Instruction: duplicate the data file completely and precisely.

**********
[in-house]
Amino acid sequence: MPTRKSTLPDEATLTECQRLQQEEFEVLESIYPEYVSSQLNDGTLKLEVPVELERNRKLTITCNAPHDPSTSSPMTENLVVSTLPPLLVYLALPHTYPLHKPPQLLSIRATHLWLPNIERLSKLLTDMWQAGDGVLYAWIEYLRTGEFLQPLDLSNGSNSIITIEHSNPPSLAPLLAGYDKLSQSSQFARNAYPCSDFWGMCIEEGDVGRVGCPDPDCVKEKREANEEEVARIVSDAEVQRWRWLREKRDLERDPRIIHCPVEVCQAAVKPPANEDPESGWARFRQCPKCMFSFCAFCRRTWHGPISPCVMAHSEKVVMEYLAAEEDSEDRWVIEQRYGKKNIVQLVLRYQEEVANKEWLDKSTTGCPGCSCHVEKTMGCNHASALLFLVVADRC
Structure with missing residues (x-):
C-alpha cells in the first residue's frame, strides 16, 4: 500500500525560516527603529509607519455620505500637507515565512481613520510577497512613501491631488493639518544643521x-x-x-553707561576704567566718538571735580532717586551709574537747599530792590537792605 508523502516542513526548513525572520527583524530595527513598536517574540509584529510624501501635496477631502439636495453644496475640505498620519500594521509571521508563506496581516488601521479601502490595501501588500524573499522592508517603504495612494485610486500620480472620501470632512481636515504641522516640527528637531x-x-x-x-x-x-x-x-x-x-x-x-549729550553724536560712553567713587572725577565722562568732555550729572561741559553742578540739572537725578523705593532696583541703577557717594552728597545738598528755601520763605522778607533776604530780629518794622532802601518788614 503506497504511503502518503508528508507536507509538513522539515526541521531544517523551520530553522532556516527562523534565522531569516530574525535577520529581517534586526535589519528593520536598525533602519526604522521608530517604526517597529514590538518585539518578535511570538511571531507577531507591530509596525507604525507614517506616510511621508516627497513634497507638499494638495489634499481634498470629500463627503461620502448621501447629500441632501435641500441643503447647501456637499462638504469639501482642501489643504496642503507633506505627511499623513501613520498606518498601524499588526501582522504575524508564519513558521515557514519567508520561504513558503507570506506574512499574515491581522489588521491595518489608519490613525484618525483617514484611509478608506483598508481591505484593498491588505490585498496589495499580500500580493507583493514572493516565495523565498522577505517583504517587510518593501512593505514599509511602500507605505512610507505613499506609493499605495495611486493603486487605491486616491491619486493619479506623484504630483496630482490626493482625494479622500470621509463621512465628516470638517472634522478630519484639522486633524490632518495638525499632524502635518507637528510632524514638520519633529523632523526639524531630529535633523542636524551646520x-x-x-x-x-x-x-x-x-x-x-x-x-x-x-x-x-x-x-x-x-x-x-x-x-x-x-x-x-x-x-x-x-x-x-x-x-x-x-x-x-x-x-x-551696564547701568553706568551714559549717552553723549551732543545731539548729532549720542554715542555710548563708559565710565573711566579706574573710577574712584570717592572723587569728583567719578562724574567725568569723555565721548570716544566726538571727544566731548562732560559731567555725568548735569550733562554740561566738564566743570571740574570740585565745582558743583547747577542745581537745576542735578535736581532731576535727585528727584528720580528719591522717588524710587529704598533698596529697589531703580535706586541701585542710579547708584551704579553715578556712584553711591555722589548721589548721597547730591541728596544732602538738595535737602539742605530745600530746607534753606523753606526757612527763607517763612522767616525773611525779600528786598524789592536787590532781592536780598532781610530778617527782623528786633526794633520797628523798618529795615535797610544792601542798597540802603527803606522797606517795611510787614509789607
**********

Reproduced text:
[in-house]
Amino acid sequence: MPTRKSTLPDEATLTECQRLQQEEFEVLESIYPEYVSSQLNDGTLKLEVPVELERNRKLTITCNAPHDPSTSSPMTENLVVSTLPPLLVYLALPHTYPLHKPPQLLSIRATHLWLPNIERLSKLLTDMWQAGDGVLYAWIEYLRTGEFLQPLDLSNGSNSIITIEHSNPPSLAPLLAGYDKLSQSSQFARNAYPCSDFWGMCIEEGDVGRVGCPDPDCVKEKREANEEEVARIVSDAEVQRWRWLREKRDLERDPRIIHCPVEVCQAAVKPPANEDPESGWARFRQCPKCMFSFCAFCRRTWHGPISPCVMAHSEKVVMEYLAAEEDSEDRWVIEQRYGKKNIVQLVLRYQEEVANKEWLDKSTTGCPGCSCHVEKTMGCNHASALLFLVVADRC
Structure with missing residues (x-):
C-alpha cells in the first residue's frame, strides 16, 4: 500500500525560516527603529509607519455620505500637507515565512481613520510577497512613501491631488493639518544643521x-x-x-553707561576704567566718538571735580532717586551709574537747599530792590537792605 508523502516542513526548513525572520527583524530595527513598536517574540509584529510624501501635496477631502439636495453644496475640505498620519500594521509571521508563506496581516488601521479601502490595501501588500524573499522592508517603504495612494485610486500620480472620501470632512481636515504641522516640527528637531x-x-x-x-x-x-x-x-x-x-x-x-549729550553724536560712553567713587572725577565722562568732555550729572561741559553742578540739572537725578523705593532696583541703577557717594552728597545738598528755601520763605522778607533776604530780629518794622532802601518788614 503506497504511503502518503508528508507536507509538513522539515526541521531544517523551520530553522532556516527562523534565522531569516530574525535577520529581517534586526535589519528593520536598525533602519526604522521608530517604526517597529514590538518585539518578535511570538511571531507577531507591530509596525507604525507614517506616510511621508516627497513634497507638499494638495489634499481634498470629500463627503461620502448621501447629500441632501435641500441643503447647501456637499462638504469639501482642501489643504496642503507633506505627511499623513501613520498606518498601524499588526501582522504575524508564519513558521515557514519567508520561504513558503507570506506574512499574515491581522489588521491595518489608519490613525484618525483617514484611509478608506483598508481591505484593498491588505490585498496589495499580500500580493507583493514572493516565495523565498522577505517583504517587510518593501512593505514599509511602500507605505512610507505613499506609493499605495495611486493603486487605491486616491491619486493619479506623484504630483496630482490626493482625494479622500470621509463621512465628516470638517472634522478630519484639522486633524490632518495638525499632524502635518507637528510632524514638520519633529523632523526639524531630529535633523542636524551646520x-x-x-x-x-x-x-x-x-x-x-x-x-x-x-x-x-x-x-x-x-x-x-x-x-x-x-x-x-x-x-x-x-x-x-x-x-x-x-x-x-x-x-x-551696564547701568553706568551714559549717552553723549551732543545731539548729532549720542554715542555710548563708559565710565573711566579706574573710577574712584570717592572723587569728583567719578562724574567725568569723555565721548570716544566726538571727544566731548562732560559731567555725568548735569550733562554740561566738564566743570571740574570740585565745582558743583547747577542745581537745576542735578535736581532731576535727585528727584528720580528719591522717588524710587529704598533698596529697589531703580535706586541701585542710579547708584551704579553715578556712584553711591555722589548721589548721597547730591541728596544732602538738595535737602539742605530745600530746607534753606523753606526757612527763607517763612522767616525773611525779600528786598524789592536787590532781592536780598532781610530778617527782623528786633526794633520797628523798618529795615535797610544792601542798597540802603527803606522797606517795611510787614509789607